Alice In Borderland Would Make a Perfect GTA Clone

Alice in Borderland Would Make a Perfect GTA-style Game

Alice in Borderland is a popular manga written and illustrated by Haro Aso. While the original manga was published several years ago, love for the series is only growing thanks to Netflix’s adaptation of Aso’s work. Alice in Borderland draws influence from Lewis Carroll’s famous story, Alice in Wonderland, and it isn’t the first modernized interpretation to make it onto the screen. The Matrix is a rather famous example of the influence that Wonderland has had on science fiction works.

What fans of the books or streaming series may not have realized yet, however, is that the Netflix adaptation lays some solid groundwork for an Alice in Borderland video game to be made. Beyond that, there’s already a game franchise in existence that offers a surprisingly perfect template: Grand Theft Auto. With the compelling storytelling of Alice in Borderland and the mechanics of GTA behind it, a video game interpretation would be a terrific experience.

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How the GTA Map Aligns With Alice in Borderland

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Although the Grand Theft Auto series and the Alice in Borderland series are drastically different, there are enough similarities between certain aspects of each that would complement a hypothetical game’s mechanics. For starters, the biggest mystery revolving around the story of Alice in Borderland is Borderland itself. The duration of the story takes place entirely within the confines of one city, and the same can be said of GTA.

Anyone who has played GTA, or perhaps some other open-world titles such as Cyberpunk 2077, knows that sometimes a dense cityscape is all it takes to fill up a good game map. GTA technically has a lot of countryside that can also be explored, which helps to make the map even bigger, but this could easily be remedied by some of Alice in Borderland‘s lore. Surrounding the Borderland is a seemingly infinite amount of lush landscape that could easily make up the outer rim of the map. Since Alice in Borderland also adheres to many video game-like themes within its story, it wouldn’t be too out of place to include an invisible border where needed to help outline the map’s final shape.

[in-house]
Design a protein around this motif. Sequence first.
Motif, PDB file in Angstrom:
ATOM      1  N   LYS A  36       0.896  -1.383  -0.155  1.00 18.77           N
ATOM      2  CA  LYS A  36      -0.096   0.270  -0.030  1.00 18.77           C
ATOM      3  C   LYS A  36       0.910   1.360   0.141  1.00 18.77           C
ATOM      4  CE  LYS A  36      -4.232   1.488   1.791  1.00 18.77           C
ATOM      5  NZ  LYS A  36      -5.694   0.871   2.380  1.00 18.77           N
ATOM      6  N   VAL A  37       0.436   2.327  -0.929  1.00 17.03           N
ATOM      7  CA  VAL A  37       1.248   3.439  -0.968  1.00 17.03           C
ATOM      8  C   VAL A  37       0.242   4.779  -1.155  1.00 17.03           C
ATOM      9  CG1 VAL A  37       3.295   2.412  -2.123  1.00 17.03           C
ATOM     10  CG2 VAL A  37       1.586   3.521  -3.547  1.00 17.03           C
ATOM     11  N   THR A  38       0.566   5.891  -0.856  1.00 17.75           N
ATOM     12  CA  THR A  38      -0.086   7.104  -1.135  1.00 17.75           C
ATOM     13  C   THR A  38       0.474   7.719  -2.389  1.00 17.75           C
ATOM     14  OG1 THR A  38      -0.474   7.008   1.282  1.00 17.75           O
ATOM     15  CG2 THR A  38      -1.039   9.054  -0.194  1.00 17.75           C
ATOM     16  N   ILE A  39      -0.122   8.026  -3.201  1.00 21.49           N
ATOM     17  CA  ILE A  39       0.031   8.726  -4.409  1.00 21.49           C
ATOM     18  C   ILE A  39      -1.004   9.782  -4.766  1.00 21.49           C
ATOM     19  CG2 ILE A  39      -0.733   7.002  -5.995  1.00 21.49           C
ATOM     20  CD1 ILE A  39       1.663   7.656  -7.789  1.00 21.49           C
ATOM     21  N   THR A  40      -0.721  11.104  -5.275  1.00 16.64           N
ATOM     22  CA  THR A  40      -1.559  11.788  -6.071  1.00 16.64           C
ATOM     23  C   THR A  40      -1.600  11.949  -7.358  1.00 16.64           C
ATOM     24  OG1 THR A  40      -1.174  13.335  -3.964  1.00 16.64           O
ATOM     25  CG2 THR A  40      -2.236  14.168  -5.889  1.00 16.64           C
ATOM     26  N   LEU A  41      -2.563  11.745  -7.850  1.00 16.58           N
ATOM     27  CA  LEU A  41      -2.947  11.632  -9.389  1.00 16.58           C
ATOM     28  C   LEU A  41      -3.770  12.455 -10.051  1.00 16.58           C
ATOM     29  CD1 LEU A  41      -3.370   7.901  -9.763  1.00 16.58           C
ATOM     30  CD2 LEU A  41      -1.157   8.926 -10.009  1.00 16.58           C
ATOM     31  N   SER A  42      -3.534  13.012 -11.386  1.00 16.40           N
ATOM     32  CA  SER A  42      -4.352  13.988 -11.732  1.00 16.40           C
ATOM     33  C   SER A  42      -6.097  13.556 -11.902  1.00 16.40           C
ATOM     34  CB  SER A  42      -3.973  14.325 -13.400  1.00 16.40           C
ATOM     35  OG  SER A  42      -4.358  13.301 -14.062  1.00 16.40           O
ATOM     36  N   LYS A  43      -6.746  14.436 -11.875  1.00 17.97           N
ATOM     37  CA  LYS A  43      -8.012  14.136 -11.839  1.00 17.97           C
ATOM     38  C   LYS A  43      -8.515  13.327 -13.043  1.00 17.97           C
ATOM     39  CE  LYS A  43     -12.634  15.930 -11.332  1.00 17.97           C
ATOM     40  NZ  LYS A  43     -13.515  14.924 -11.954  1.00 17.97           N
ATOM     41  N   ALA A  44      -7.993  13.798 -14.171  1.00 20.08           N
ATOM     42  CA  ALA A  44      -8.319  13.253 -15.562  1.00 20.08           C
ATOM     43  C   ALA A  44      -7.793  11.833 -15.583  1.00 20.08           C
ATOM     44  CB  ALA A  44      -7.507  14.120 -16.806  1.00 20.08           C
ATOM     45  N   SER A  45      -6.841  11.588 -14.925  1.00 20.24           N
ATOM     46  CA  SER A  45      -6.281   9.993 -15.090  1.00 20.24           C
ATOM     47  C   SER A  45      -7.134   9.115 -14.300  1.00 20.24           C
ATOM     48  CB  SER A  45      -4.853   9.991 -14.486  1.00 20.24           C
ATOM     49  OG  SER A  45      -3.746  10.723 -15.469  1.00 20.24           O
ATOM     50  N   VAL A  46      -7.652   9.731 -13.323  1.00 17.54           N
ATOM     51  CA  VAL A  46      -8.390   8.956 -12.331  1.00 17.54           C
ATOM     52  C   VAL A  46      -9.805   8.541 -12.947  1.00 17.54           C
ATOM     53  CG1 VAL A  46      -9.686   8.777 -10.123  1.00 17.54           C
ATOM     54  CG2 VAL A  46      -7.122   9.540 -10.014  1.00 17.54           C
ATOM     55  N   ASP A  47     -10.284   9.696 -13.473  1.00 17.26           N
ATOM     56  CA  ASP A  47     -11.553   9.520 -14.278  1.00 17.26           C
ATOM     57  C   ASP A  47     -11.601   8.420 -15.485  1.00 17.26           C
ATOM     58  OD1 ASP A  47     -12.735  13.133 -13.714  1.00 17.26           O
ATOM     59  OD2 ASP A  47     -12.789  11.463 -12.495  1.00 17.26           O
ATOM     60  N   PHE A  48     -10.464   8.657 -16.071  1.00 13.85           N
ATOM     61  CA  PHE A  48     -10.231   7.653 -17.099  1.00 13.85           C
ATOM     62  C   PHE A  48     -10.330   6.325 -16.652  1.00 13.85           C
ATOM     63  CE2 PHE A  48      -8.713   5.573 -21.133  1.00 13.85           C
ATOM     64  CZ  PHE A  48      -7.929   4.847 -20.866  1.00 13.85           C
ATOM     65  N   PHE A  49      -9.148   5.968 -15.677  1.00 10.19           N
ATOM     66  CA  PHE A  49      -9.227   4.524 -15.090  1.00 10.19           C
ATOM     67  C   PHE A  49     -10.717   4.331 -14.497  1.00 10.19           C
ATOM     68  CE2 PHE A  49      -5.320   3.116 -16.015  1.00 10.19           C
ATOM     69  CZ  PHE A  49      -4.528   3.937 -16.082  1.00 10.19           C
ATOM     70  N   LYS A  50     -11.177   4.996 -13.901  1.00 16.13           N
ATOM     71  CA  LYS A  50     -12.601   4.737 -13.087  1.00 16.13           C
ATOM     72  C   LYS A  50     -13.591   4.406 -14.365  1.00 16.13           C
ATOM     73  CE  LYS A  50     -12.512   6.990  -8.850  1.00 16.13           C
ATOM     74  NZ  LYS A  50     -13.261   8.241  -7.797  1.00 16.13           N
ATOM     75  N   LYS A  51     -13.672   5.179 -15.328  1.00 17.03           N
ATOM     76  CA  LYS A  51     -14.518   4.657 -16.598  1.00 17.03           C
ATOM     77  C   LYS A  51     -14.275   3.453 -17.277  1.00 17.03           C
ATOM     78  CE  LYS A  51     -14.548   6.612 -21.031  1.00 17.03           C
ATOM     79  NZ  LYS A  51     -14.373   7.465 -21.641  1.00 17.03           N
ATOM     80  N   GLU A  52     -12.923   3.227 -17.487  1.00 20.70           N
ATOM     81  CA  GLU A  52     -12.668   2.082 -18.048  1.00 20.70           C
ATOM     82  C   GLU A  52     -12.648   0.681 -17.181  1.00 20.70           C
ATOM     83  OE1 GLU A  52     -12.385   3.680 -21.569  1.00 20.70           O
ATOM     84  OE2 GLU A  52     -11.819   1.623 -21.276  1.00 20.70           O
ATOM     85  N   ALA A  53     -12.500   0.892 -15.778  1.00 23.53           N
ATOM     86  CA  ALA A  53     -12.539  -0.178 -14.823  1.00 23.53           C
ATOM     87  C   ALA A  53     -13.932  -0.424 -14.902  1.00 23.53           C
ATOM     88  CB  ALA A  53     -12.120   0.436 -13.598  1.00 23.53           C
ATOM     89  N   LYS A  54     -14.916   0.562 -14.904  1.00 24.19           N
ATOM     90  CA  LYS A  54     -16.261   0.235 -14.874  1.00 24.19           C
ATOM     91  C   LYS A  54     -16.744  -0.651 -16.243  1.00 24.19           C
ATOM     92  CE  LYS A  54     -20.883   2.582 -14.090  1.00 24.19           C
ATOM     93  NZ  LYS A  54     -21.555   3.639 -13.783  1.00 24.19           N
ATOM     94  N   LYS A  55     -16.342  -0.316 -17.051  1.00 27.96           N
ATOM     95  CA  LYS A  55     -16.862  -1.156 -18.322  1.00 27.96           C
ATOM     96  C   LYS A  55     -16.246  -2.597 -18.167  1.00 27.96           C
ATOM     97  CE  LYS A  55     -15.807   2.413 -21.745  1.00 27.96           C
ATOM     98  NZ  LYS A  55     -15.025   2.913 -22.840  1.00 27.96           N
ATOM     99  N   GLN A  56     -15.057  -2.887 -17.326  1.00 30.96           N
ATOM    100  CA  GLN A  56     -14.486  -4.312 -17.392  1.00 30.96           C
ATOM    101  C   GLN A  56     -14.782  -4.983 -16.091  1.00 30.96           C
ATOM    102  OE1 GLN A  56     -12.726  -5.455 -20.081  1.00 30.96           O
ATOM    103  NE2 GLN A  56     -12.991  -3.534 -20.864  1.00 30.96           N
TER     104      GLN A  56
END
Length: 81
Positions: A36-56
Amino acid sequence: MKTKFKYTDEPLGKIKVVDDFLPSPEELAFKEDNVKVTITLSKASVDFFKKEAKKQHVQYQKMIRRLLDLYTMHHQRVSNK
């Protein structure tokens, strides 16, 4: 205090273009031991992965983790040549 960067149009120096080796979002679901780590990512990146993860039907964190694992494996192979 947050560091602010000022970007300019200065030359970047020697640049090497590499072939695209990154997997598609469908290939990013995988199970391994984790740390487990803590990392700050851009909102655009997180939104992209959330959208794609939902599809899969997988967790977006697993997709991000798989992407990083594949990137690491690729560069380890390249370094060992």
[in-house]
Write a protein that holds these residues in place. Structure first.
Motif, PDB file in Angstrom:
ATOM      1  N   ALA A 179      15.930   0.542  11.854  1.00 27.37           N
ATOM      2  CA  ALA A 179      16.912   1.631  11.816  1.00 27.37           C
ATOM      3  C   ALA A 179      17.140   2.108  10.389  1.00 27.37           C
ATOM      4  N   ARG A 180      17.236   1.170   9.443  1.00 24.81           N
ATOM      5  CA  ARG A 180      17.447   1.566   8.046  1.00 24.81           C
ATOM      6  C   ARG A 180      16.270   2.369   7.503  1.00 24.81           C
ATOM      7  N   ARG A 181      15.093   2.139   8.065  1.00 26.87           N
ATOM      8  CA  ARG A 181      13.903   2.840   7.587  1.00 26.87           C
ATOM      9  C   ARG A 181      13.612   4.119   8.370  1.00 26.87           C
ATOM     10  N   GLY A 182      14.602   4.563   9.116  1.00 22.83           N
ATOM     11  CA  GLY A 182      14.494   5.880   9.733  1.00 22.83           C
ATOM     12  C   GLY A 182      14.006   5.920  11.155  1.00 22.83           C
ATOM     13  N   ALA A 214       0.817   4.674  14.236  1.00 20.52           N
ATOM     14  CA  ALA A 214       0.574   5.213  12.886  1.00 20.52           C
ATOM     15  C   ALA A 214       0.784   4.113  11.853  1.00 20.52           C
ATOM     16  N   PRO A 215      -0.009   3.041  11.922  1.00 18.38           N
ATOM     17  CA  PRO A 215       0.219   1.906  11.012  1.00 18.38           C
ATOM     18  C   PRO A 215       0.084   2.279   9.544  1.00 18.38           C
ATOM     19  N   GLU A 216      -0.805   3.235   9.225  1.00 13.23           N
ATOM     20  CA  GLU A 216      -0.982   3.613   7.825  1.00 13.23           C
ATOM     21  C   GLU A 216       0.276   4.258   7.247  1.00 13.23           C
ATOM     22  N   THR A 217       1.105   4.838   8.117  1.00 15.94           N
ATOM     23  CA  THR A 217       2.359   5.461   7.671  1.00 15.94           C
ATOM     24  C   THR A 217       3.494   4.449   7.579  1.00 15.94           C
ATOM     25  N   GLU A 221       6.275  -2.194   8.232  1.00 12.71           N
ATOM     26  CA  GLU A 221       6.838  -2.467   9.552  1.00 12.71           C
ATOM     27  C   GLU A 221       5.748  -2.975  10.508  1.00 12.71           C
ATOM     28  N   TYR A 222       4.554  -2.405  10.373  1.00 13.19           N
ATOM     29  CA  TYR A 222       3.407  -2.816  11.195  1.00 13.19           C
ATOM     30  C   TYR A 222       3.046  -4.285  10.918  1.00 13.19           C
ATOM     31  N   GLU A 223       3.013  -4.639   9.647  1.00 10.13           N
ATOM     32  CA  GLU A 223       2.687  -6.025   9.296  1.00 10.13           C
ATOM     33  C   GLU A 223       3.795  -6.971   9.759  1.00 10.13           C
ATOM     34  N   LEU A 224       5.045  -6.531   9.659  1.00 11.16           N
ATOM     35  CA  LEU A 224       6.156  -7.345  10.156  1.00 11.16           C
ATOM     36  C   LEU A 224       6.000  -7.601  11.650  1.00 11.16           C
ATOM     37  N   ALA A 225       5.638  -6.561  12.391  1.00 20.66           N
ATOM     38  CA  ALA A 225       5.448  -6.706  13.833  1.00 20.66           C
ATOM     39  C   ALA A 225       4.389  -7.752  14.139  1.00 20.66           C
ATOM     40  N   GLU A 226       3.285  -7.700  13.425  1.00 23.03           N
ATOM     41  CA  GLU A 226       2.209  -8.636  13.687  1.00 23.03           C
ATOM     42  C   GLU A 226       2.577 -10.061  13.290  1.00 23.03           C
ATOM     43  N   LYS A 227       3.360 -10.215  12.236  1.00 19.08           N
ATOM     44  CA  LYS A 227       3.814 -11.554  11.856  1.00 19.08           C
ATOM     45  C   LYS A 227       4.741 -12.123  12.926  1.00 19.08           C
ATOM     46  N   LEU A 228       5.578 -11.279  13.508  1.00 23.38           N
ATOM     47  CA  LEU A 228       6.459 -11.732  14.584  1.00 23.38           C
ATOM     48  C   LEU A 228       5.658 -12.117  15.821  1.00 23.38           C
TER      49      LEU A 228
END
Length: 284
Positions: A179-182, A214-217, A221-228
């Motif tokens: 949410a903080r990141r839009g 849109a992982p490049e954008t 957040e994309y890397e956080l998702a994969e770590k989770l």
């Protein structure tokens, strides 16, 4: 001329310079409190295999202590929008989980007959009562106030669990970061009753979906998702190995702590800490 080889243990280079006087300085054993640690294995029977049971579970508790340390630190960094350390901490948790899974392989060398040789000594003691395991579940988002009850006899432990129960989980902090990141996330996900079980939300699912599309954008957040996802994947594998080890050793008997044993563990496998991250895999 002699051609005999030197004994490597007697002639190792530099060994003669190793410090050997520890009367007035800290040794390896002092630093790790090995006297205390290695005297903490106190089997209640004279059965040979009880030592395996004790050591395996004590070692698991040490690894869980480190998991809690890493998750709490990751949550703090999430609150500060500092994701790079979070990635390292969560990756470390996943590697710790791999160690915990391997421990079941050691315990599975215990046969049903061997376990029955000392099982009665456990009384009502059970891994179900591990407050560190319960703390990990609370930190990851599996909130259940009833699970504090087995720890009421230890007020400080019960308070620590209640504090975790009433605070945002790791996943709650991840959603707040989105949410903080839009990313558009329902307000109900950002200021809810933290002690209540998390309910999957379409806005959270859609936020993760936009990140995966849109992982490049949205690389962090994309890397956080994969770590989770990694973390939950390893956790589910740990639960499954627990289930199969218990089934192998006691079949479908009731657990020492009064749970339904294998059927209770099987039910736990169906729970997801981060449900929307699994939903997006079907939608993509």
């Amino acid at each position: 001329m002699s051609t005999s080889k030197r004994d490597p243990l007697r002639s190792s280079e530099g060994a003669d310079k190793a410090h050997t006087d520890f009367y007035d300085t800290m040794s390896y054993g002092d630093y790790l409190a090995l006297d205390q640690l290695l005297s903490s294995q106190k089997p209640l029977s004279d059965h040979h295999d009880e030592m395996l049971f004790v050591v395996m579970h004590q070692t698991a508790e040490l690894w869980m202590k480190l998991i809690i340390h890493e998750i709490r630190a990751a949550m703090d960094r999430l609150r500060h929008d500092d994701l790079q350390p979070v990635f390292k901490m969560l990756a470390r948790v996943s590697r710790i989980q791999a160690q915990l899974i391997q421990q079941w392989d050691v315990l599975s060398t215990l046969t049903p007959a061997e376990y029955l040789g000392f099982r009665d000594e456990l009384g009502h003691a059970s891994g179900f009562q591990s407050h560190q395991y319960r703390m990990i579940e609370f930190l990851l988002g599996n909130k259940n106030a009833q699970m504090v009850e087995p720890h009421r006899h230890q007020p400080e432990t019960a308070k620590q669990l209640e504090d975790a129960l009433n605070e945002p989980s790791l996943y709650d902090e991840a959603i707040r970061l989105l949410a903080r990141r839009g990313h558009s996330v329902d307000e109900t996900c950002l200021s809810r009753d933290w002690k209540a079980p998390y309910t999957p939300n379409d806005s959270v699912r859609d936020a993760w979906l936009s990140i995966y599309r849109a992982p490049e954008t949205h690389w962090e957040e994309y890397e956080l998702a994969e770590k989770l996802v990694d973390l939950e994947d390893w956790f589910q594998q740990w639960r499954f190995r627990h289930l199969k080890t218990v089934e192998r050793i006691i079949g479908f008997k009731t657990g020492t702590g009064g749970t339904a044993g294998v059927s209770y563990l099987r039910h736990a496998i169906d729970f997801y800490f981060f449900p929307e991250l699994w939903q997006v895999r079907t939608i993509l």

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The Borderland Game Would Be an Action Survivor MMO

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Besides the map, how the game plays and feels should also be loyal to the source material. Luckily, another similarity between GTA and Alice in Borderland is the amount of chaos that can take place simply within the streets of the city. In GTA players can knock over almost anything in sight, steal a car, start a shootout, or simply try to be as nice as possible. The latter probably doesn’t happen as often, but all these options should be available in a Borderland game, considering how lore-appropriate it is.

Many civilians of the Borderland live as if it is the end times, killing and plundering everything in sight, whereas others, like the lovable Arisu, always try to do the right thing. These contrasting personalities are what make a tense and dynamic environment, not too different from GTA when you boil away the different stories and characters.

Speaking of the characters, it sadly wouldn’t make much sense to be able to play as a favorite character like Arisu or Usagi. This is because the game would be perfect to play with a multitude of people online, so unique custom characters would be a better choice. Players could create their own custom characters as they see fit, but that’s not to say it would be impossible to at least encounter some fan-favorite characters during a quest or two. Most of the time, however, players would be finding their own way to survive within the Borderland, whether it’s hunting the local wildlife, scavenging abandoned buildings for gear, surviving a firefight, fixing up an old car, or finding the next all-important card game.

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How the Card Games Would Work

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The card games that take place within Borderland are essential for progressing the story’s plot. Therefore, they should be just as essential within a video game adaptation. The nature of the games should change, however, depending on whether the player is participating in some sort of open-world, public event or trying to complete a campaign mission.

In the original Borderland story, there is a limited amount of games that need to be completed, since they relate to the number of cards in a deck. This makes for a good set of campaign missions, but not necessarily for an endless amount of MMO-based activities. There may be a solution to this, however.

In Borderland, each card suit indicates what kind of game can be played. Spades mean physical, diamonds mean strategy, hearts mean betrayal, and clubs mean teamwork. These could simply be utilized to indicate the type of ever-available activity: Spades could mean single-player PvE, diamonds could mean a puzzle challenge, hearts could mean PvP, and clubs could mean cooperative PvE. Although this begins to stretch Haro Aso’s lore, it is still respectful enough to honor his work in a video game.


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